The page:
You are the owner of this page.
A001 A001
Jake Bacon, Arizona Daily Sun 

Brooklyn Quick (1) celebrates Flagstaff’s win over Shadow Mountain Tuesday night.

Jake Bacon, Arizona Daily Sun 

,Arma Begay, 3, has a tantrum Tuesday evening as she talks with her parents Josh Begay, left, dressed as Darth Vader and Valerie Begay, right, dressed as Kylo Ren. Arma was dressed as Princess Leia. For more Flagstaff Halloween photos, see Page A10.

top story
Tourism companies also face rising fees in Grand Canyon National Park

Visitor entrance fees aren’t the only ones set to climb in a recently released National Park Service proposal.

Included in the proposed hike are fee increases for companies bringing buses and vans of tourists into parks. Motor coaches sized to bring dozens of people into Grand Canyon National Park, for example, could be required to pay $900 to $1,200 each, up from $300 now.

On top of that, Grand Canyon National Park in August handed down an increase in fees charged to all other non-road-based, non-concessionaire companies doing business in the park.

In Grand Canyon, the changes could together impact a total of 563 businesses that hold commercial use authorizations, allowing them to provide a service to visitors in the park.

Businesses said the changes, both proposed and implemented, mean that in addition to entrance fee increases, costs for tour and recreation services in the park could inch upwards as well.

“We’re going to pass (the fee increases) along to people on tours. We still have to make money or else we're not in business so in the end it’s hurting everybody,” said Glenn Tamblingson, owner of Flagstaff-based Canyon Country Tours.


For operators of commercial road-based tours, the National Park Service is proposing a new $5 per-person management fee on top of vehicle fees specific to cars, vans and buses associated with commercial tours.

Vehicles would be subject to either off-season or peak-season prices that in Grand Canyon range from $80 for a sedan to $600 for a large motorcoach hauling more than 57 people, with those rates doubling during peak season months.

Before, the fee at Grand Canyon was $8 per person for vehicles with 25 people or less and $300 for vehicles carrying 26 people or more.

Tamblingson estimated he would increase prices about 10 percent to cover the proposed fee increases.

He said the proposed system would be a headache more than anything else. That's because the $5-per-person management fee is assessed at the end of the year, along with annual reports, which requires more bookkeeping compared to paying everything at the time of a trip, Tamblingson said. He said he would prefer a flat per-person charge paid upon entering the park that would encompass increased vehicle rates as well as the management fee. 


Apart from the Park Service-wide fee proposal for road-based tour operators, Grand Canyon National Park this summer implemented a new management fee for all other commercial use authorization holders, from companies renting bikes and river rafting equipment to those leading day hikes or photography workshops in the canyon. Initially, that fee was set at 3 percent to 5 percent of a company’s total revenue beginning in 2018, which was a shock to many, especially those that had already set prices and accepted reservations at those prices for next year, said Lee Soifer, manager of Ceiba Adventures, which rents boating equipment for Grand Canyon river trips.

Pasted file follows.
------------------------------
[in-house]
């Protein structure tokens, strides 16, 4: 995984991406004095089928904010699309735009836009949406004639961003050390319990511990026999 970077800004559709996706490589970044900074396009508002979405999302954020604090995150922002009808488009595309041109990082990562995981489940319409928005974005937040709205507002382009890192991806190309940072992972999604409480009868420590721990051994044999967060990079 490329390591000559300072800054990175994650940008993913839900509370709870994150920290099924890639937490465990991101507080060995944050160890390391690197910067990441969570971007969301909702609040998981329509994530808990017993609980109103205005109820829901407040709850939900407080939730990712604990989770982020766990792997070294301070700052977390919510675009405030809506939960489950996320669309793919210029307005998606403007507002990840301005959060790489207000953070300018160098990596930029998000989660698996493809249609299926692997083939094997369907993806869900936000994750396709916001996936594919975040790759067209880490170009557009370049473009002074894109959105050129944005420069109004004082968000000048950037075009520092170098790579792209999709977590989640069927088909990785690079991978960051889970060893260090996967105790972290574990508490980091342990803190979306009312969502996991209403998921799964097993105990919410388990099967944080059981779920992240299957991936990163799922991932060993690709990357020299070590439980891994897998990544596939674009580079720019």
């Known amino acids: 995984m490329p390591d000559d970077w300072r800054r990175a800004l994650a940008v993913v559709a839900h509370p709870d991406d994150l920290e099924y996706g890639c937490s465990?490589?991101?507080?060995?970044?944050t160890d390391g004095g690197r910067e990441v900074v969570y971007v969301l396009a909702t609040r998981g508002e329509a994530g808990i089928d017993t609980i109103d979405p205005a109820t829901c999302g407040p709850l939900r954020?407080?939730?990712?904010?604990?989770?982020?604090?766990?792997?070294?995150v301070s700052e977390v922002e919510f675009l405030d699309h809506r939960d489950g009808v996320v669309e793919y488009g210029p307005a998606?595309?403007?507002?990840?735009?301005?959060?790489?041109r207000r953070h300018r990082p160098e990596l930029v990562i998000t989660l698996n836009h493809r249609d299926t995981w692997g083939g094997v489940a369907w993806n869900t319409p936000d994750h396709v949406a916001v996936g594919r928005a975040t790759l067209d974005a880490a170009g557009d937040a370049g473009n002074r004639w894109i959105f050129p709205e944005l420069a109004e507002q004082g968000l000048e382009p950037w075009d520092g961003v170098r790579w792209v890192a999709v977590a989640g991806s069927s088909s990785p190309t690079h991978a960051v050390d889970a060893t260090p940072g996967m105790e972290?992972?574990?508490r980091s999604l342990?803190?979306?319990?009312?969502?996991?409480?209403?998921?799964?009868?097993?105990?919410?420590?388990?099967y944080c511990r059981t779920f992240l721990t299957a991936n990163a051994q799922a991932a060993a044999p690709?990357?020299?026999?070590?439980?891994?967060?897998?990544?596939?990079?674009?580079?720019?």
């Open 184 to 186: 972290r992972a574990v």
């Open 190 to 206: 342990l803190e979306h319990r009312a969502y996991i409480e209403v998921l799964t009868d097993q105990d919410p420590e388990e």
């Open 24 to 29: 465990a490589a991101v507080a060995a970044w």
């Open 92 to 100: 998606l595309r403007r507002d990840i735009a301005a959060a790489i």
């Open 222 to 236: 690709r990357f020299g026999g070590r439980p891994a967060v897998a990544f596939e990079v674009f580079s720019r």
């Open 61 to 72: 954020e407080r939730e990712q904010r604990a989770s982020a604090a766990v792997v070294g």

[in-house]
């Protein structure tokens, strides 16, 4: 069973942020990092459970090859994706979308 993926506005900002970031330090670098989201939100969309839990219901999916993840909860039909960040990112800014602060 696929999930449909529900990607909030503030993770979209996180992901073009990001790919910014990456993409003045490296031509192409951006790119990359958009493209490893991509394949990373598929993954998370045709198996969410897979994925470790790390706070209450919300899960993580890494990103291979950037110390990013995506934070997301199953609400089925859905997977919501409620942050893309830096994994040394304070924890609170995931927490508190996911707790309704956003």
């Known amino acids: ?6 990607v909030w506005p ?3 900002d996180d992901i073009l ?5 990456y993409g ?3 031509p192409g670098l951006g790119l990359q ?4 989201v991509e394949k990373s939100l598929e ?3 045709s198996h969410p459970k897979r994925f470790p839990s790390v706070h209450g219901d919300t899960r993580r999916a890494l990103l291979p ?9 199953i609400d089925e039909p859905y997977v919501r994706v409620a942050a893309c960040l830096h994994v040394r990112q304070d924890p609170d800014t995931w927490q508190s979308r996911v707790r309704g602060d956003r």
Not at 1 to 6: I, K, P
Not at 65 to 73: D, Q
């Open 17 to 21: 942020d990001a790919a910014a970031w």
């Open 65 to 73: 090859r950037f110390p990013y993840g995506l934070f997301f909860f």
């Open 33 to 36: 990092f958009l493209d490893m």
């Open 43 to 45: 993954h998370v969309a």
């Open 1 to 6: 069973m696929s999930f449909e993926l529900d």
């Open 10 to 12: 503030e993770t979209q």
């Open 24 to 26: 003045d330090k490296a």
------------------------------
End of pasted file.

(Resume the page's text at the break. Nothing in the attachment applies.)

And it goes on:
Before, there was a flat $200 to $400 fee for commercial use authorization holders, he said.

But 3 percent to 5 percent represents a significant chunk of revenues for these types of companies, Soifer said. According to a 2013 survey of tour operators worldwide by the Adventure Travel Trade Association, companies grossing between $1 million and $5 million annually report a net profit margin of 11.4 percent.

After writing letters and having discussions with the park, the businesses were able to get those fees lowered to between 1.5 percent and 2.5 percent for at least next year, Soifer said. An official with the park did not respond to requests for confirmation of that arrangement.

It was a compromise that business owners were happy about, though that doesn’t mean customers won't see prices increase, Soifer said.

“You can expect industry-wide that folks will be increasing prices or adding on the park service fee in addition to what they are charging on invoices,” he said.

Like visitor entrance fees, the commercial use authorization fees go toward park improvements. All commercial use authorization fees stay within the collecting park and go to fund rehabilitation projects for buildings, facilities, parking lots, roads, and wayside exhibits that would enhance the visitor experience, according to a news release from the agency. The fees will also cover the administrative costs of receiving, reviewing and processing commercial use authorization applications and required reports, the agency stated.